Rich Christians in an Age of Hunger by Ron Sider. Extremely challenging to an upper midclass kid who was suround by affluences and a consumer oriented culture. His suggestion of a progressive tithe and not growing lifestyle at pace with income has influenced my relationship with money. I am more of a consumer that I would like to be, but this book has helped keep my life in perspective, and to avoid buying into our consumer culture. I think Randy Alcorn’s book Money, Possessions and Eternity is a great companion.

The Spontaneous Expansion of the Church by Roland Allen looks at the growth of the early church. Roland argues that the church doesn’t need complex structures and systems to be effective. Rather the church needs to free its members to follow after God. Too often, church leadership trying to control what is happening and how it’s happening. This is a mistake. The church is a group of people who are together, trying to follow after God and responding to what they are learning. This books resulted in me being much more laid back when in leadership roles within the church, and has lead me to select a church that favors less control and more empowerment. I think the out of print book The Church Unleashed by Frank Tillapaugh did a great job explaining what this might look like in a “modern” church in America.

The Dynamics of Personal Follow-up by Gary Kuhne is the best book I have found describing how to help establish a new Christian. This book helped me appreciate what core truths and life practices were important in the life of a new Christian, why it was important to purposefully pass these core practices on, and gave me a framework to help someone new in the faith become more established. I also learned to appreciate how people grow in different ways and that what someone might need in one stage of life, will likely be different in the next stage of life. Finally, Dynamics of Personal Follow-up provided me a basic framework to think about how people grow. I have taught classes based on material from this book and used much of Kuhne’s material when mentoring people.

Please Understand Me by Keirsey and Bates. I discovered this book in 1981 at local book store. At the time I realized that I didn’t have very good insight into myself or the people around me. This book introduced me to the Myers-Briggs personality classification system. After reading this book, I had a better understanding of myself, both my strengths and my weaknesses. My appreciation of people who were different from me grew significantly and I was able to start thinking of them as different rather than “plodding” or “insensitive”.  I came to realize that there was great value in people who were more systematic than me, or who cared more about truth than people. There is an updated version of this book called Please Understand Me II which I recently reread. The most recent time though I got even more out of this book. In the past I would read the description of my type (ENFJ) be be pleased. I liked the description. This time through I asked for each characteristic three questions. First, is this describing my experience? Second, is this a picture of wholeness, a reflection of something that is true, of the Lord, or is this brokeness. Third, how is this something that that can stand between me and the Lord: be it something good that becomes an idol, or something that is directly contrary to the Lord. Asking these questions has been quite a blessing. There isn’t a lot of scientific evidence of the accuracy of Myers-Briggs. There are better personality sorts now, but I haven’t felt compelled to use them.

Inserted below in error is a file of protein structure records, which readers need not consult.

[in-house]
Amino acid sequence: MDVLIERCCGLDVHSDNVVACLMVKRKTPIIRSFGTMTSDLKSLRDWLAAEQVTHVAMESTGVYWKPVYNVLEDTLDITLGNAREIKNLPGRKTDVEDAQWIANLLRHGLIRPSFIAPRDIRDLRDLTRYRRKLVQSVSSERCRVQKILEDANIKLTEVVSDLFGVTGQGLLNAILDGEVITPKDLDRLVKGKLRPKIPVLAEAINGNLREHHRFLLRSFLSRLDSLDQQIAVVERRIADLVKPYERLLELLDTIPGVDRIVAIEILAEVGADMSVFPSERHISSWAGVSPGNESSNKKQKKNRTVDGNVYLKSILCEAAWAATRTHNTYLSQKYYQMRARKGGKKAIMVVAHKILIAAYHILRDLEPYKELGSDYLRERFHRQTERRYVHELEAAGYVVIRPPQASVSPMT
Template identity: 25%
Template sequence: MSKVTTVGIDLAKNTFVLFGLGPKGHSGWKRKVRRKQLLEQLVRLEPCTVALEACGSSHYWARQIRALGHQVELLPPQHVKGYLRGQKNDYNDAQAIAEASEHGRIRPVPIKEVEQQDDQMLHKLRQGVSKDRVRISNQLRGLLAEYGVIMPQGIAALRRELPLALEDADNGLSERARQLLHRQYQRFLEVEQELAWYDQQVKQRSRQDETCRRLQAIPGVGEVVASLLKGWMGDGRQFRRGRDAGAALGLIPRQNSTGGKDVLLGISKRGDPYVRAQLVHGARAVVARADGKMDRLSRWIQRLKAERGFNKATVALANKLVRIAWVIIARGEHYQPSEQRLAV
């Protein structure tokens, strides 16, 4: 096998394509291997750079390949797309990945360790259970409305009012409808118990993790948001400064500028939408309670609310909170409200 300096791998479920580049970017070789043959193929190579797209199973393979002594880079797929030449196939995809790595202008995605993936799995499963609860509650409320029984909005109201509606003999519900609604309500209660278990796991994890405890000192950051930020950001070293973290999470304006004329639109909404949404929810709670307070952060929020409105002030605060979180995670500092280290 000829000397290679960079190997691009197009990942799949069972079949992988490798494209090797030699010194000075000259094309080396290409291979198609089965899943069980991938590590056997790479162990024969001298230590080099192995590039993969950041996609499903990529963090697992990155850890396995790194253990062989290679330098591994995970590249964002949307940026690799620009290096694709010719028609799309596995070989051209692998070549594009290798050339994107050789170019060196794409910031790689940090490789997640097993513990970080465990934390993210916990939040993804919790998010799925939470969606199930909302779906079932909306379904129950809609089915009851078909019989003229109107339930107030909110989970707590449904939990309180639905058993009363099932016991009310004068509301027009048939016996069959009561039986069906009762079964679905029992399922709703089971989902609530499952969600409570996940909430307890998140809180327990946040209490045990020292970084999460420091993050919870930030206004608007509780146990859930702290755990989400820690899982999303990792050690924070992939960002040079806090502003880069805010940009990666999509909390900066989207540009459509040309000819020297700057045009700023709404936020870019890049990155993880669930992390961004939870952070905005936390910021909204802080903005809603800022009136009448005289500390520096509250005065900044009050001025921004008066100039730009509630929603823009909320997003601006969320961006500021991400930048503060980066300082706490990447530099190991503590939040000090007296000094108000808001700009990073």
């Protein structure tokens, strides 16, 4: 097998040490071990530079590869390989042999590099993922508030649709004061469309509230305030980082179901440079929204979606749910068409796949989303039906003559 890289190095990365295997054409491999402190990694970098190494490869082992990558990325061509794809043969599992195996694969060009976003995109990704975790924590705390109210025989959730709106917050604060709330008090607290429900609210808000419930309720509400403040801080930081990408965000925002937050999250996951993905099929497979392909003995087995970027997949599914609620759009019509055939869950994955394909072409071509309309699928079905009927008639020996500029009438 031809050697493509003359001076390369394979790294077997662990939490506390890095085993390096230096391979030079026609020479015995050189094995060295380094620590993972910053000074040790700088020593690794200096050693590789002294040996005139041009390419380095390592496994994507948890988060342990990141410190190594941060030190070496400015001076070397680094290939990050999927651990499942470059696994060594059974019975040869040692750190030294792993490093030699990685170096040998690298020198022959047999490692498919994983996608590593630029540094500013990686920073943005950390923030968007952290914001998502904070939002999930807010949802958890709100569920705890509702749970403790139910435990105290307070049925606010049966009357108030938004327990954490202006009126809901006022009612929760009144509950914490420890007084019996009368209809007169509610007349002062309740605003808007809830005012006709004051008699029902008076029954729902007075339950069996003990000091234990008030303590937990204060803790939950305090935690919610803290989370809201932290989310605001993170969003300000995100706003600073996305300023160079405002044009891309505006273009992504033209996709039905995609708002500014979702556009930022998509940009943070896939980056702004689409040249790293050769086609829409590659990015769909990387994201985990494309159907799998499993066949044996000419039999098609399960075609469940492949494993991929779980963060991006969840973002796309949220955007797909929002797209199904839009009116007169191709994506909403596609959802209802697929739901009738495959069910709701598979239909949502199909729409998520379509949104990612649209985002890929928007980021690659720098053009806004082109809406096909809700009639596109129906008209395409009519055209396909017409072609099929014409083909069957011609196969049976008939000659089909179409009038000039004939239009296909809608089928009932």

Walking in Victory by Dennis McCallum, one of the founders of the church I attended as a new Christian. This book distills most of the teaching I heard early in my Christian faith about the nature of spiritual growth. These teachings had a significant role in shaping how I view the world and understand what it means to live as a Christian. I learned this material for handouts, articles, and in-person lectures. This book was written later based on those materials. I believe that there are better books for many of the topics that are covered in this book. For example, I think Green Letters by Miles Stanford has more depth on many of the topics. The Normal Christian Life by Watchman Nee explains Romans 5-8 is much great detail. Release of the Spirit by Watchman Nee gives a much more complete explanation about how trials and suffering refine our character. The Practice of the Presence of God by Brother Lawrence and A Praying Life  by Paul Miller are much better explaining a life of prayer.  The Sacred Romance by Brent Curtis & John Eldredge is much more effective at capturing the personal nature of a walk with God. Never the less, the materials in this book are extremely valuable in understanding the foundations of basic, Christian spirituality.